You often call out Western countries for being silent over the atrocities happening in hotspots of the world. As a person who has a deep insight from the conflict zones, what would your suggestion be?
I think we have a responsibility and an obligation to stop many of these conflicts as we talked before, whether it was in Rwanda or Sudan. It is very often that the only reason why we intervene has to do with our own political or financial interests. We call it something else, we claim it’s for other reasons, but at the end of the day, it’s about ourselves and nothing else. I think the world we are living in today, with the financial structures of the Western countries, richness and how we exploit other parts of the world, burdens us with an obligation to intervene, otherwise, there's no reason to have the UN Security Council for instance.
Something that really frustrates me is seeing how we deal with those places. And the reason why we go to war ninety-nine per cent of the time has to do with protecting our own interests. I'll give you a good example. A few years ago, there was this big conference where many African countries took part in; a workshop where they had to be in groups and make a list of what was most needed from the Western workd, whether it was money, aid, food, infrastructure or whatever. All the groups came up with the same answer: what they needed the most was free trade. And that's the only thing that the Western world will never give to Africa because it has to deal with their own money. It’s just an example of how absurd it really is. The hypocrisy is gigantic.
When people are exposed to great amounts of information on an everyday basis, how do you think it’s possible to keep raising awareness on conflicts happening around the world? How should the media react?
There’s a big difference between the fast-forward media world and the news that you can see 24/7. We have access to news all the time, and lots of the stories are very poorly researched. It's basically news just for the sake of news. As I see it today, there's an increasing demand for in-depth reporting, as it gives another understanding of a conflict. So when I spend six or seven years in a place and produce one big story, which is obviously told during the process, has much more value and depths in terms of the daily life and what people are going through in contrast to a fast -orward news team flying in those places, running with their cameras back and forth and leaving again.
I think what's destroying both the newspapers and the magazines is that they are having this constant fight of by-lining stories rapidly instead of doing long reads or in-depth reporting. I think at one point there will be a reaction when people have had enough. I don’t follow Danish newspapers anymore; I follow two international newspapers and then, I search for my information elsewhere, from people I trust in. And I can tell you one thing for sure: there’s a reason why someone like me, who is constantly dealing with the dark sides of life, has 75K followers on Instagram. I have a lot of interaction with the readers, and people who follow me tend to ask questions because they want to have a deeper insight. I think that's a reaction to the fast-forward news.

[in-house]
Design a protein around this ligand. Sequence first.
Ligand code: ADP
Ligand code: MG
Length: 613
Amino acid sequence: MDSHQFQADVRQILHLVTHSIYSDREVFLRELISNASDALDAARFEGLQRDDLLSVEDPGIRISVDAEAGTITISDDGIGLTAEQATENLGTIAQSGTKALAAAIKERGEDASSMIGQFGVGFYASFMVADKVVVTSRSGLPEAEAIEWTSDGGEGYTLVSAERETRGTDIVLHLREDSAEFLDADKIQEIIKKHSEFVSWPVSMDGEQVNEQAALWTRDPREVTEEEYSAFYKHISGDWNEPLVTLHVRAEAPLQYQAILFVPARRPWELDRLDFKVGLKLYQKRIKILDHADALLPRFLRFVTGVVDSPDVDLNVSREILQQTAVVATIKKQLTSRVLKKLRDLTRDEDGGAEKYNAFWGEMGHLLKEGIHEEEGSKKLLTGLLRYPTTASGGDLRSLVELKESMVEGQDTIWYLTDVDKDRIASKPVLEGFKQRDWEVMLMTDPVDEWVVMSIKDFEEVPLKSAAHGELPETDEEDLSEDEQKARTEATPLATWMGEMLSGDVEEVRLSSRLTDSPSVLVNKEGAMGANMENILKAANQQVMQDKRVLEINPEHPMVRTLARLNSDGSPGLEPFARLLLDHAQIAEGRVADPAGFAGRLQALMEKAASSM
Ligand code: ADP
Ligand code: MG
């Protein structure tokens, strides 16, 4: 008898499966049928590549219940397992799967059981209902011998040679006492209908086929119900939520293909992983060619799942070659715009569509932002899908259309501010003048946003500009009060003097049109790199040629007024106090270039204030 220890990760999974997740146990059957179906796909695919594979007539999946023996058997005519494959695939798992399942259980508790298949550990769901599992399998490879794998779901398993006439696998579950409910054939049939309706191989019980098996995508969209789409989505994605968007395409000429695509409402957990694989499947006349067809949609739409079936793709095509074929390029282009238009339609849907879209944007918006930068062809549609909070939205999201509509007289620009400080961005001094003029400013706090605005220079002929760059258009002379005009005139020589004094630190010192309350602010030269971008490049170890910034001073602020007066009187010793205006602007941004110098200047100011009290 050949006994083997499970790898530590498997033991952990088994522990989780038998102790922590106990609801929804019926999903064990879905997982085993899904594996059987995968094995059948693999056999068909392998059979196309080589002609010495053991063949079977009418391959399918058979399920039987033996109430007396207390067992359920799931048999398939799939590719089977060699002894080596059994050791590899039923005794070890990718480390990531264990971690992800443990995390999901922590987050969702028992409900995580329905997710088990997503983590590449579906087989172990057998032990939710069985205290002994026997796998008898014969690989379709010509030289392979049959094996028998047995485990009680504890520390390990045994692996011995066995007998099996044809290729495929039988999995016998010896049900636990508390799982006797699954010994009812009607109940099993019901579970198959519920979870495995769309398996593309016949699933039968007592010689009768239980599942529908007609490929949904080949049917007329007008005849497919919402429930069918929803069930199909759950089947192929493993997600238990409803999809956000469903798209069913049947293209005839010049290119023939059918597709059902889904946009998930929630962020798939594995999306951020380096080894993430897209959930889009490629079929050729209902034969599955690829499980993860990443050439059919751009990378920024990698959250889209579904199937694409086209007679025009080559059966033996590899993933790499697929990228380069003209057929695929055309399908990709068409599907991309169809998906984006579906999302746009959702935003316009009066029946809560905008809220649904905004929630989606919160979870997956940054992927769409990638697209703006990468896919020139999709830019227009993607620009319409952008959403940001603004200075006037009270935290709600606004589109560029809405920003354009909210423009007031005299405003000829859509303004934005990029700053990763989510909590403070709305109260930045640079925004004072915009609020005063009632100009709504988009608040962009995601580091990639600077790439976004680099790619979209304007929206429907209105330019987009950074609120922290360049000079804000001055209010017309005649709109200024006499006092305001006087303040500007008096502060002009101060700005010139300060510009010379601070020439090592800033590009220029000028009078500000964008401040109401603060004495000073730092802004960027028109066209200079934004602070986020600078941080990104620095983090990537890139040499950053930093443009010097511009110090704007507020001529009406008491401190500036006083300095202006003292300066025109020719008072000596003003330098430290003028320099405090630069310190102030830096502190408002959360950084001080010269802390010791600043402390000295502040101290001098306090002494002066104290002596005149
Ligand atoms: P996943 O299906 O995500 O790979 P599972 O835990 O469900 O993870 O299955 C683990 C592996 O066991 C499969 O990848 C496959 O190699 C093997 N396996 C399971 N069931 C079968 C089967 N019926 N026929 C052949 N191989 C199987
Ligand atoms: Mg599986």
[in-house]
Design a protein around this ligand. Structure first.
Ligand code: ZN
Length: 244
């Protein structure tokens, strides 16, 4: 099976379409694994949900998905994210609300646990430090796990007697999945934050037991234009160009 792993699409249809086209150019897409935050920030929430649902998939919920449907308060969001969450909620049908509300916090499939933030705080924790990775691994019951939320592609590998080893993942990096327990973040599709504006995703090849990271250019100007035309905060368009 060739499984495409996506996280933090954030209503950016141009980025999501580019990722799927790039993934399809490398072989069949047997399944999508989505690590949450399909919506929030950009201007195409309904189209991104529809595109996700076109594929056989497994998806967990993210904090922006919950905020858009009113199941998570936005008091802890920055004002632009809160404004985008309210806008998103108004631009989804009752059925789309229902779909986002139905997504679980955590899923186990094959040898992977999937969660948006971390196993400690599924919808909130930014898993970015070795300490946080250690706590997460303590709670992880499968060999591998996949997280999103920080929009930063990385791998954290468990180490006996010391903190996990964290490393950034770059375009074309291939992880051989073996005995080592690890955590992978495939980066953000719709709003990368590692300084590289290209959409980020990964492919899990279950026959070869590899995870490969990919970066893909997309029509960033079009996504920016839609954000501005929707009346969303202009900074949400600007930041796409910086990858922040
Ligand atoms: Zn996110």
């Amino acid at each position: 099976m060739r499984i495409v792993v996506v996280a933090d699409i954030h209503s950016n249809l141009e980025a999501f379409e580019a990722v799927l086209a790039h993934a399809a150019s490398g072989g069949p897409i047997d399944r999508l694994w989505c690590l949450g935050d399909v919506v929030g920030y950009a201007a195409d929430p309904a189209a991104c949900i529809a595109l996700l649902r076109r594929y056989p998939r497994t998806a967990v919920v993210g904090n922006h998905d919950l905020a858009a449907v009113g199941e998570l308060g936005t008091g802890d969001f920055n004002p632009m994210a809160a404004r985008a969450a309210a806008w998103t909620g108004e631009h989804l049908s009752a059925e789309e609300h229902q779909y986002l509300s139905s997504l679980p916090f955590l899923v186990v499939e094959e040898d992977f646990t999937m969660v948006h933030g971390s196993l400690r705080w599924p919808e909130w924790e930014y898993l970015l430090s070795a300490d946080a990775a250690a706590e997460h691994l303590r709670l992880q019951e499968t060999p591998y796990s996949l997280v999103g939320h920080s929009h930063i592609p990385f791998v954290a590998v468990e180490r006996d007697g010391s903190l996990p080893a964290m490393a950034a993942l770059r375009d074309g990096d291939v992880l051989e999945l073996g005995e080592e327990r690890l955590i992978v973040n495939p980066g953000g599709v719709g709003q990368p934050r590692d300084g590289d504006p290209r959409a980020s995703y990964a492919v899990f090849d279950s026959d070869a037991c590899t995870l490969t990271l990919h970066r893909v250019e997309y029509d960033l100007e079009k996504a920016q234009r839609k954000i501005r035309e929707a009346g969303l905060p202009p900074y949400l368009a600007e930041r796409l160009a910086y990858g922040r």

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You’ve covered Chechnya in the Caucasian region, but what about my country, Georgia? Have you been there?
I’ve been to Georgia many times. I was there in the fighting during Zviad Gamsakhurdia’s presidency; I’ve been to South Ossetia, and I have met the president, Eduard Shevardnadze, on several occasions. I know the country pretty well and followed the struggle along the way, having as well covered the Russian invasion of Georgia not that long ago. I’ve actually covered the turmoil over several decades. For me, it shows again that democracy and peace are extremely fragile, that battles can happen in a very short period of time, and that things can change dramatically when the world powers start to act.
I’ve been to Tbilisi, seen the life there, and then drove away for two hours; I appeared in places where everything is in complete chaos. I mean, the separatists, Russian infiltrators, the presence of Russian powers… It shows how difficult it is to build democracy, especially in a country that’s been oppressed for decades and then becomes an independent nation, and large-size players like Russia are involved. You can see it also in Crimea (Ukraine), and it's very tricky.
I’ve heard you are working on an autobiography. What should we expect?
That’s a good question. I wish I could answer that. Stories about a man who came from his early youth and became older, who went through life with lots of scars and, at the same time, with numerous positive stories about people and their ability to survive. But also, on what those stories actually did to him. I don’t know what to expect. I mean, it’s my life, or at least, a part of it. I will continue to do this for as long as I can, so maybe, it’s early to do an autobiography.
At the same time, it’s also about how you change from being young to becoming old and more experienced, especially when having seen atrocities, killings and all the violent things in the scale that I have witnessed, and what that does to you as a human being. But again, for me, it’s just my life, so I don’t know if people might find it interesting. That’s for the readers to decide.